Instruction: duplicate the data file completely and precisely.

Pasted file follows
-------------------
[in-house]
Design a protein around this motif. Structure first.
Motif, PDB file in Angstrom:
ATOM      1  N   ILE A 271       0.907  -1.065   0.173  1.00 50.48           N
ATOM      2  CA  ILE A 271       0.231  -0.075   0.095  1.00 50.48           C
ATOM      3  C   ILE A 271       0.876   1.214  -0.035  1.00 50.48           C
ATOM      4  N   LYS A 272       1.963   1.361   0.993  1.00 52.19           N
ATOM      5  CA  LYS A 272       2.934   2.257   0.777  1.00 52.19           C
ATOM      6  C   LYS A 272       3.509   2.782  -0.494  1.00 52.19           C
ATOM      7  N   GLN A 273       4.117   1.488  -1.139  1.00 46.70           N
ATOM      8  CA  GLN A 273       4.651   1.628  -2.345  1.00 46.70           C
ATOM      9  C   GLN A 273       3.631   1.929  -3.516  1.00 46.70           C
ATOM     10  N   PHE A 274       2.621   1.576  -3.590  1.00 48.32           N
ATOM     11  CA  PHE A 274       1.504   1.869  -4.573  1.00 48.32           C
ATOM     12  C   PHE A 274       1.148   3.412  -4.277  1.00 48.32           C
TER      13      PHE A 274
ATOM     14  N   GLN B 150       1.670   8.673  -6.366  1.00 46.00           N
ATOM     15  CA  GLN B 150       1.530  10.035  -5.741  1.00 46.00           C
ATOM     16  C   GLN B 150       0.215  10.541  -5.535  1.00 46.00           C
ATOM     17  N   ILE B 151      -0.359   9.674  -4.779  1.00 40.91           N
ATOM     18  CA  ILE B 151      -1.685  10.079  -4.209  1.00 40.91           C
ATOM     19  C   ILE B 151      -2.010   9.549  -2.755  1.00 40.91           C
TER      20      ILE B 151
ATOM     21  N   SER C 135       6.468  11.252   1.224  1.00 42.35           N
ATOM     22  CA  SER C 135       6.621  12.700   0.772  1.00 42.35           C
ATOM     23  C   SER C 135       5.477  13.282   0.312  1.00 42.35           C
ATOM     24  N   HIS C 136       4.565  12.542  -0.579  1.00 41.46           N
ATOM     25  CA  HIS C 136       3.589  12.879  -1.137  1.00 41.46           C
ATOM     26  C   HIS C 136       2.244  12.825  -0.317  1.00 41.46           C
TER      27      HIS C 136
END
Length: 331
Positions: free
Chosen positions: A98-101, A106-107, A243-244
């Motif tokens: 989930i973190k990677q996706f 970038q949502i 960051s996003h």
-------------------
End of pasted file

[in-house]
Design a protein around this motif. Structure first.
Motif, PDB file in Angstrom:
ATOM      1  N   ILE A 271       0.907  -1.065   0.173  1.00 50.48           N
ATOM      2  CA  ILE A 271       0.231  -0.075   0.095  1.00 50.48           C
ATOM      3  C   ILE A 271       0.876   1.214  -0.035  1.00 50.48           C
ATOM      4  N   LYS A 272       1.963   1.361   0.993  1.00 52.19           N
ATOM      5  CA  LYS A 272       2.934   2.257   0.777  1.00 52.19           C
ATOM      6  C   LYS A 272       3.509   2.782  -0.494  1.00 52.19           C
ATOM      7  N   GLN A 273       4.117   1.488  -1.139  1.00 46.70           N
ATOM      8  CA  GLN A 273       4.651   1.628  -2.345  1.00 46.70           C
ATOM      9  C   GLN A 273       3.631   1.929  -3.516  1.00 46.70           C
ATOM     10  N   PHE A 274       2.621   1.576  -3.590  1.00 48.32           N
ATOM     11  CA  PHE A 274       1.504   1.869  -4.573  1.00 48.32           C
ATOM     12  C   PHE A 274       1.148   3.412  -4.277  1.00 48.32           C
TER      13      PHE A 274
ATOM     14  N   GLN B 150       1.670   8.673  -6.366  1.00 46.00           N
ATOM     15  CA  GLN B 150       1.530  10.035  -5.741  1.00 46.00           C
ATOM     16  C   GLN B 150       0.215  10.541  -5.535  1.00 46.00           C
ATOM     17  N   ILE B 151      -0.359   9.674  -4.779  1.00 40.91           N
ATOM     18  CA  ILE B 151      -1.685  10.079  -4.209  1.00 40.91           C
ATOM     19  C   ILE B 151      -2.010   9.549  -2.755  1.00 40.91           C
TER      20      ILE B 151
ATOM     21  N   SER C 135       6.468  11.252   1.224  1.00 42.35           N
ATOM     22  CA  SER C 135       6.621  12.700   0.772  1.00 42.35           C
ATOM     23  C   SER C 135       5.477  13.282   0.312  1.00 42.35           C
ATOM     24  N   HIS C 136       4.565  12.542  -0.579  1.00 41.46           N
ATOM     25  CA  HIS C 136       3.589  12.879  -1.137  1.00 41.46           C
ATOM     26  C   HIS C 136       2.244  12.825  -0.317  1.00 41.46           C
TER      27      HIS C 136
END
Length: 331
Positions: free
Chosen positions: A98-101, A106-107, A243-244
């Motif tokens: 989930i973190k990677q996706f 970038q949502i 960051s996003h």